In contrast, 36% purchased through their laptop or desktop computer.
10. Each global consumer is estimated to spend at least $2,594 worth of online purchase in a year.
Most purchases were under the Fashion and Beauty, Electronics and Physical Media, and Toys, DIY, and Hobbies categories.
After COVID-19: General eCommerce
11. As of Q2 2020, US retail eCommerce sales amounted to $211.5 billion.
This is equivalent to an increase of 31.8% from Q1 2020 and 44.5% from Q2 2019.
12. COVID-19 has accelerated the shift to eCommerce by five years.
This has resulted in department stores experiencing a significant decline.
13. In a survey conducted in June 2020, 50% said that they will still shop online, even after things have normalized.
Majority of consumers will also lessen their spend on out-of-home leisure activities, like cinemas, restaurants, and gyms.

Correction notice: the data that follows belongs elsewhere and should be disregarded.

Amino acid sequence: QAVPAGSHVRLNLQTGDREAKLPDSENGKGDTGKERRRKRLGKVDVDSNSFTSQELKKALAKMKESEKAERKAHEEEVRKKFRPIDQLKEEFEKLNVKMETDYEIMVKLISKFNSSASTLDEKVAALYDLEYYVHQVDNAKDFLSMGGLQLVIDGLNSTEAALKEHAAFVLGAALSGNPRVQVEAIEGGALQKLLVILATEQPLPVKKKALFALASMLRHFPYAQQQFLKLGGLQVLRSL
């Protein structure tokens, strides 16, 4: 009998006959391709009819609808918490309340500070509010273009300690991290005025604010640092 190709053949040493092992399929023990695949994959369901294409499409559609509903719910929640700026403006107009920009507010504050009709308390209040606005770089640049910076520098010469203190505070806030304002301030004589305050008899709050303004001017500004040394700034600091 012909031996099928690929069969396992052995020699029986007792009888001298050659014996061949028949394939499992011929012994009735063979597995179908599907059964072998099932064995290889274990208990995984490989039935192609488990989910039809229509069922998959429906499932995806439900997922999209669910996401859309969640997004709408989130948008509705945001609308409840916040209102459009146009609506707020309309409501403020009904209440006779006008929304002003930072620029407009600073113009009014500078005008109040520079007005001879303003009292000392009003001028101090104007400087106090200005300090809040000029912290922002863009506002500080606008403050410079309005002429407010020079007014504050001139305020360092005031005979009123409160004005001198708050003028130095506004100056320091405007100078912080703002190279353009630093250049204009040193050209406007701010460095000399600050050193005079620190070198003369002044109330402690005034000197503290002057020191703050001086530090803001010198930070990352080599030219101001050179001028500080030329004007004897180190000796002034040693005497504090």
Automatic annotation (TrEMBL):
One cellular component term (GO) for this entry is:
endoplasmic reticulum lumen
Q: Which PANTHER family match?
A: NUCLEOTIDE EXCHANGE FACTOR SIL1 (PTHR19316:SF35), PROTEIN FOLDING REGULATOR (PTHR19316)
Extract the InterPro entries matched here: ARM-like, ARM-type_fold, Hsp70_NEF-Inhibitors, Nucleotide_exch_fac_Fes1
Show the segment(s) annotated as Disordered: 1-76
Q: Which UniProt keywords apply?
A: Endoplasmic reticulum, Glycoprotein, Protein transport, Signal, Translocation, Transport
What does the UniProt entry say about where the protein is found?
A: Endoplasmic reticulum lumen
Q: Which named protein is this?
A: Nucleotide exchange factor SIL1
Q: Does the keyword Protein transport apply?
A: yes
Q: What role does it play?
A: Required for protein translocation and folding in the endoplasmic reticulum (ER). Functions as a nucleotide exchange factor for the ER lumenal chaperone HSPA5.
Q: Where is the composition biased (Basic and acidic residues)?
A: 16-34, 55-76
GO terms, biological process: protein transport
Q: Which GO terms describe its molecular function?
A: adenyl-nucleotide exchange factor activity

14. More people prefer the “buy online, pick up in store” (BOPIS) option in the US
As of August 2020, it showed further surge with an increase of 59% from July 2020 and 259% from August 2019.
15. In June 2020, global eCommerce website traffic recorded 22 billion visits.
It started at 16.07 billion visits in January 2020.
16. As of July 2020, sports equipment is being purchased online the most.
The other top categories are groceries and retail technology.
17. Millennials and high-income earners are the leaders in shopping essential and non-essential items online.
Gen Zers are also shopping online, but in specific categories only.
18. A survey from April 2020 says that 14% of Americans shopped online for the first time, while 56% increased their online spend.
A small, but promising, portion of these first-time shoppers are at least 65 years old.
After COVID-19: Email eCommerce
19. Click and open rates in March and April 2020 were higher than all of 2019 combined.
Global open rates were reported to be as high as 15%. Unsubscription rates were also lower during these months.
20. Smaller businesses, in particular, saw a highly significant increase in engagement from March 2020.
While big businesses also had an increased engagement, it wasn’t as drastic.